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22 Reviews
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23 of 23 people found the following review helpful
5.0 out of 5 stars Let's Vote On It
In many ways this book is a continuation of How We Decide by Jonah Lehrer. Whereas Lehrer explores the edge between actually thinking about our choices versus going with your gut, Len Fisher's The Perfect Swarm: The Science of Complexity in Everyday Life explores some of the surprising mathematics of decision-making. If you have 100 candidates for a job, you should...
Published on March 31, 2010 by Robert Carlberg

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8 of 8 people found the following review helpful
3.0 out of 5 stars Lessons in complexity from nature.
The Perfect Swarm is one of a crop of books that explore the emerging scientific thinking of complexity and order. The subtitle `The Science of Complexity in Everyday Life' and the somewhat playful book title hint that this is one of the more populist books on the subject.

Fisher covers a broad spectrum of subjects and around 30% of the book is devoted to an...
Published on September 3, 2011 by Steven Unwin


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3.0 out of 5 stars First half good, the rest not so much., April 17, 2014
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Mathias Sundin (Norrkoping, Sweden Sweden) - See all my reviews
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The first half if this book is pretty good. Really good actually. But it doesn't keep that standard until the end, where it is pretty basic.
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3.0 out of 5 stars Not a book in complexity science or swarm theory., March 31, 2014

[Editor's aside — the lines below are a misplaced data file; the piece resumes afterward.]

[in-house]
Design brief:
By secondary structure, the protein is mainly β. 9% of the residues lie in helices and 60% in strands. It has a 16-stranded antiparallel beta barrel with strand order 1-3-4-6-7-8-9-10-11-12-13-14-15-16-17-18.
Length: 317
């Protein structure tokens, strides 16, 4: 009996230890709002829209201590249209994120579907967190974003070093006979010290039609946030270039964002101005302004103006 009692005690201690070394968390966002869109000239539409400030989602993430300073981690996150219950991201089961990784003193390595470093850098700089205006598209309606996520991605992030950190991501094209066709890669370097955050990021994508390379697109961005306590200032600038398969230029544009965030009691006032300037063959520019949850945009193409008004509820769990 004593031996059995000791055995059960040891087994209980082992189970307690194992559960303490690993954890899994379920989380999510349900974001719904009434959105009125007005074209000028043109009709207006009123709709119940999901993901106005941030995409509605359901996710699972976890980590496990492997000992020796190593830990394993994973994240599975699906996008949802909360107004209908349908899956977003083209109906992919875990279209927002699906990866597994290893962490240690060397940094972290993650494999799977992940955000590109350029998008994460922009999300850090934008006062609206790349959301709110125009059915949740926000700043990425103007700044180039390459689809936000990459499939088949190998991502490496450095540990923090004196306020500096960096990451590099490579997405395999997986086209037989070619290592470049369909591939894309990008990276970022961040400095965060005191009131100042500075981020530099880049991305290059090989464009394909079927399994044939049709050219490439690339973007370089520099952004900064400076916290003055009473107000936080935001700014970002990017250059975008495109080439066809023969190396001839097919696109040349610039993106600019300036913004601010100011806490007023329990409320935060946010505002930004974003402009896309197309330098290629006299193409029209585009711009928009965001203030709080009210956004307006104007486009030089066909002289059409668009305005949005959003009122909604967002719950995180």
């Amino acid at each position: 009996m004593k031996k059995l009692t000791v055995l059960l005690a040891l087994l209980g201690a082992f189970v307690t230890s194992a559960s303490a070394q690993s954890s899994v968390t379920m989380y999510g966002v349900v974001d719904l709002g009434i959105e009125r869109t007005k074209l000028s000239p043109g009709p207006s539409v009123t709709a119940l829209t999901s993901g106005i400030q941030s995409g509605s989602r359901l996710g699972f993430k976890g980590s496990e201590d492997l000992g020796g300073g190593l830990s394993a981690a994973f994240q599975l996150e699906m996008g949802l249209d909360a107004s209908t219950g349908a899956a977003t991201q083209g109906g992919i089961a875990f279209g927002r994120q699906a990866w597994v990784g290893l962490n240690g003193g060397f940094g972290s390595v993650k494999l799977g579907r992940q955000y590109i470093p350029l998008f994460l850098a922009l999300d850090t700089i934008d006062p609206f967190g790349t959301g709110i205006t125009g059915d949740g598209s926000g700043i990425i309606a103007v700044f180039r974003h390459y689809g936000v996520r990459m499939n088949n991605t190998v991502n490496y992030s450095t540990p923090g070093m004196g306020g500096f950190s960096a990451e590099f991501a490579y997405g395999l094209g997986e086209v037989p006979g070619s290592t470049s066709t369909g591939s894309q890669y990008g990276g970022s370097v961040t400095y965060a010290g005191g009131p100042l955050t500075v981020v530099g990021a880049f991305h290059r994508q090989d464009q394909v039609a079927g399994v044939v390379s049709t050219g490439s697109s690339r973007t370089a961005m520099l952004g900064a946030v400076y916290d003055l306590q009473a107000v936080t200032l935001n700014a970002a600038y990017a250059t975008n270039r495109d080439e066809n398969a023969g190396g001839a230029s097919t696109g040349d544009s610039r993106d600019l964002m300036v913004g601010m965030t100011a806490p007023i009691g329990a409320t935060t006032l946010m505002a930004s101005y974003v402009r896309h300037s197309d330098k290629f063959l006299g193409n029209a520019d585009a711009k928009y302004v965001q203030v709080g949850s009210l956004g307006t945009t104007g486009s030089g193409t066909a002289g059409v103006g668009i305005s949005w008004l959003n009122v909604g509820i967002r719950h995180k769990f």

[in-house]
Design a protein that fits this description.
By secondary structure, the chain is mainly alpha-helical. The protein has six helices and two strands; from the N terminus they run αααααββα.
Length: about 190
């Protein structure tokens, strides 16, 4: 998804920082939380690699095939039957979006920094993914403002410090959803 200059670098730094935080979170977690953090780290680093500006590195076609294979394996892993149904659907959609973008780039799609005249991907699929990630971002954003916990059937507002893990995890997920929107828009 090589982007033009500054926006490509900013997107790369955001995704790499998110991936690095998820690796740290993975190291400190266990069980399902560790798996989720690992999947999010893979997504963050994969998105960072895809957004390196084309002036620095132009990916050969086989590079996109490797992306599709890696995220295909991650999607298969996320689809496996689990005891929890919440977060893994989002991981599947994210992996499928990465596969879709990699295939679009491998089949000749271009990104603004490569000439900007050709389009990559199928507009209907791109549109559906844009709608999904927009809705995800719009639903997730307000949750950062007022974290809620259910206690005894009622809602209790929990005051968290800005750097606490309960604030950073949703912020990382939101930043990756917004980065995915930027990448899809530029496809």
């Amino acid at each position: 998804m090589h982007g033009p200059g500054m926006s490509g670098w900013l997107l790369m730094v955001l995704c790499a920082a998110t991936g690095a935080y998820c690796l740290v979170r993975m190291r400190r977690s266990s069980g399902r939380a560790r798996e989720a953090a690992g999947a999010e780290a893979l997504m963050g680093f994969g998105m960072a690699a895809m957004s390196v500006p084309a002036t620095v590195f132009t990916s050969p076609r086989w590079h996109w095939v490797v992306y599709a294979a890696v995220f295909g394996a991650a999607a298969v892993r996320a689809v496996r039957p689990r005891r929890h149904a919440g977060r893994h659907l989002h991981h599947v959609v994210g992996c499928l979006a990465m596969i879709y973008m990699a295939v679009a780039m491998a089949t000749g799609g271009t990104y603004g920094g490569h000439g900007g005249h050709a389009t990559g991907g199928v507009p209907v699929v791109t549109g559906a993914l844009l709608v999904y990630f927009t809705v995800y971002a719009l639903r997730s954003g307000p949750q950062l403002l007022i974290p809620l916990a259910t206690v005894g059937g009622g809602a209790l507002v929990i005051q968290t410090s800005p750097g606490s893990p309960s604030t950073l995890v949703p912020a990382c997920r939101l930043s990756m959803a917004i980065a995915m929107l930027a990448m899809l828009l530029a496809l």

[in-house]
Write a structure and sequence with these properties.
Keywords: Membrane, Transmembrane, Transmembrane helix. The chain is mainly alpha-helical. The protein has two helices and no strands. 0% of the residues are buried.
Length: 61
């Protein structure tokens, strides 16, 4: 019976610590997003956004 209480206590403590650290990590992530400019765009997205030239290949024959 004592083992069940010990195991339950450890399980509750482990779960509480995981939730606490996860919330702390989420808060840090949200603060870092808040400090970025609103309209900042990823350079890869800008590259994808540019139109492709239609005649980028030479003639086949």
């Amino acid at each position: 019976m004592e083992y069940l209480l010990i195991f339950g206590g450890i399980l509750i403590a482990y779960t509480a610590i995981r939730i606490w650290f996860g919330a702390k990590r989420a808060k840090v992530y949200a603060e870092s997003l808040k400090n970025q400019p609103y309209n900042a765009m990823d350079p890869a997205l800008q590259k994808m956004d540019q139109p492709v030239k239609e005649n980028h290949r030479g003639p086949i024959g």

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This book is written from a sociology perspective. There is not a tremendous amount on complexity science or swarm theory, but more of observations of these phenomenon. Ultimately this book is focusing on what happens in certain situations and not why it happens, and giving advice how to act given those situations.

None of the insights offered in this book were particularly inspired. Most of the examples given I would classify as general knowledge, and often the examples were quite contrived to simulate reality.
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4.0 out of 5 stars Nature's Rules for Complex and Collective Behavior, October 25, 2013
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Len Fisher's "The Perfect Swarm" is a great reference for understanding the science behind human complexity and everyday life. He describes the concept of swarm intelligence by using examples in nature and comparing them to human behavior and self-organization, all while using whimsy and amusement to frame his text. Fisher states that out of chaos, mathematical patterns emerge to create order, and this order can be seen from coral and ants to sand dunes and bees. What's more, he describes how the collective intelligence of swarms can help humans make better decisions as groups and as individuals within a group. Using humor only adds to Fisher's narrative and provides a break from the mathematical conceptual foundation of the swarm intelligence paradigm. Ultimately, Fisher provides a solid model for revealing how complexity emerges from simple rules in nature, and how humans can imitate those behaviors to better understand our chaotic world. Although I have not yet read Fisher's book "Rock, Paper, Scissors," I am eager to do so simply because of this engaging and enlightening book.